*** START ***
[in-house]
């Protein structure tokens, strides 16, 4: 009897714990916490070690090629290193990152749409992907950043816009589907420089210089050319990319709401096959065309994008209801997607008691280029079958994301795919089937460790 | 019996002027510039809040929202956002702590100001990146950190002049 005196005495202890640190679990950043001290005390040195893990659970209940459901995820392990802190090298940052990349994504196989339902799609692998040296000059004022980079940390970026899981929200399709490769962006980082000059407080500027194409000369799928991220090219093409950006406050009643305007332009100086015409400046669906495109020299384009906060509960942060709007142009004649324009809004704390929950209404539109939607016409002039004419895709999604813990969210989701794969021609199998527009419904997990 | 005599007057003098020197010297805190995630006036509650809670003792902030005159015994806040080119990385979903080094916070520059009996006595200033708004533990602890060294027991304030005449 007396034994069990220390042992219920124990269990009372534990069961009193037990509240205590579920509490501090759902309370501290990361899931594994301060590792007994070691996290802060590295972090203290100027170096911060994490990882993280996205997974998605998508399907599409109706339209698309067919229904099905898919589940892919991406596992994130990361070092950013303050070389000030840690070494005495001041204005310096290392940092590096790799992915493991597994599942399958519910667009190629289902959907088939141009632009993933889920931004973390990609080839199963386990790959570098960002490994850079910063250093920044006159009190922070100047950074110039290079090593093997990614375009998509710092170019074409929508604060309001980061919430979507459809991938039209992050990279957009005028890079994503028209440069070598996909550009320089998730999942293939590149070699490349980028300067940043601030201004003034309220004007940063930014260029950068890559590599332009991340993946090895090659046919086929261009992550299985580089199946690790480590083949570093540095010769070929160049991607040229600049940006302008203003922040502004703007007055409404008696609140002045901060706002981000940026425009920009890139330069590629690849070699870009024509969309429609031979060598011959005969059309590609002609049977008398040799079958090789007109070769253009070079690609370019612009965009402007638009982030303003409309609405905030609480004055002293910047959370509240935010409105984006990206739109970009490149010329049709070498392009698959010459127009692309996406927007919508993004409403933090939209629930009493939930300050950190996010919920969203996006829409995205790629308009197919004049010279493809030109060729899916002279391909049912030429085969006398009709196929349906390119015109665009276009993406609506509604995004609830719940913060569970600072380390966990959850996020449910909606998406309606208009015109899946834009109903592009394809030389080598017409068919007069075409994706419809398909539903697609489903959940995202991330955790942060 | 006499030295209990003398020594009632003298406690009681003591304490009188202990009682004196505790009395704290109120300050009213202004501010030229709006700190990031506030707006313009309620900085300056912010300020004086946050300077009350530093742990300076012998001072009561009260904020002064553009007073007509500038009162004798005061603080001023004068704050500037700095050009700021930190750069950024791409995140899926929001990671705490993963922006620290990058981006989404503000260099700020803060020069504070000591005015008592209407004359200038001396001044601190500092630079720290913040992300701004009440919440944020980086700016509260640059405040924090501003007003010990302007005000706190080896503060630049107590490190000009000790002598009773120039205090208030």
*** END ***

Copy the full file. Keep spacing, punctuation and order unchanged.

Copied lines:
[in-house]
């Protein structure tokens, strides 16, 4: 009897714990916490070690090629290193990152749409992907950043816009589907420089210089050319990319709401096959065309994008209801997607008691280029079958994301795919089937460790 | 019996002027510039809040929202956002702590100001990146950190002049 005196005495202890640190679990950043001290005390040195893990659970209940459901995820392990802190090298940052990349994504196989339902799609692998040296000059004022980079940390970026899981929200399709490769962006980082000059407080500027194409000369799928991220090219093409950006406050009643305007332009100086015409400046669906495109020299384009906060509960942060709007142009004649324009809004704390929950209404539109939607016409002039004419895709999604813990969210989701794969021609199998527009419904997990 | 005599007057003098020197010297805190995630006036509650809670003792902030005159015994806040080119990385979903080094916070520059009996006595200033708004533990602890060294027991304030005449 007396034994069990220390042992219920124990269990009372534990069961009193037990509240205590579920509490501090759902309370501290990361899931594994301060590792007994070691996290802060590295972090203290100027170096911060994490990882993280996205997974998605998508399907599409109706339209698309067919229904099905898919589940892919991406596992994130990361070092950013303050070389000030840690070494005495001041204005310096290392940092590096790799992915493991597994599942399958519910667009190629289902959907088939141009632009993933889920931004973390990609080839199963386990790959570098960002490994850079910063250093920044006159009190922070100047950074110039290079090593093997990614375009998509710092170019074409929508604060309001980061919430979507459809991938039209992050990279957009005028890079994503028209440069070598996909550009320089998730999942293939590149070699490349980028300067940043601030201004003034309220004007940063930014260029950068890559590599332009991340993946090895090659046919086929261009992550299985580089199946690790480590083949570093540095010769070929160049991607040229600049940006302008203003922040502004703007007055409404008696609140002045901060706002981000940026425009920009890139330069590629690849070699870009024509969309429609031979060598011959005969059309590609002609049977008398040799079958090789007109070769253009070079690609370019612009965009402007638009982030303003409309609405905030609480004055002293910047959370509240935010409105984006990206739109970009490149010329049709070498392009698959010459127009692309996406927007919508993004409403933090939209629930009493939930300050950190996010919920969203996006829409995205790629308009197919004049010279493809030109060729899916002279391909049912030429085969006398009709196929349906390119015109665009276009993406609506509604995004609830719940913060569970600072380390966990959850996020449910909606998406309606208009015109899946834009109903592009394809030389080598017409068919007069075409994706419809398909539903697609489903959940995202991330955790942060 | 006499030295209990003398020594009632003298406690009681003591304490009188202990009682004196505790009395704290109120300050009213202004501010030229709006700190990031506030707006313009309620900085300056912010300020004086946050300077009350530093742990300076012998001072009561009260904020002064553009007073007509500038009162004798005061603080001023004068704050500037700095050009700021930190750069950024791409995140899926929001990671705490993963922006620290990058981006989404503000260099700020803060020069504070000591005015008592209407004359200038001396001044601190500092630079720290913040992300701004009440919440944020980086700016509260640059405040924090501003007003010990302007005000706190080896503060630049107590490190000009000790002598009773120039205090208030």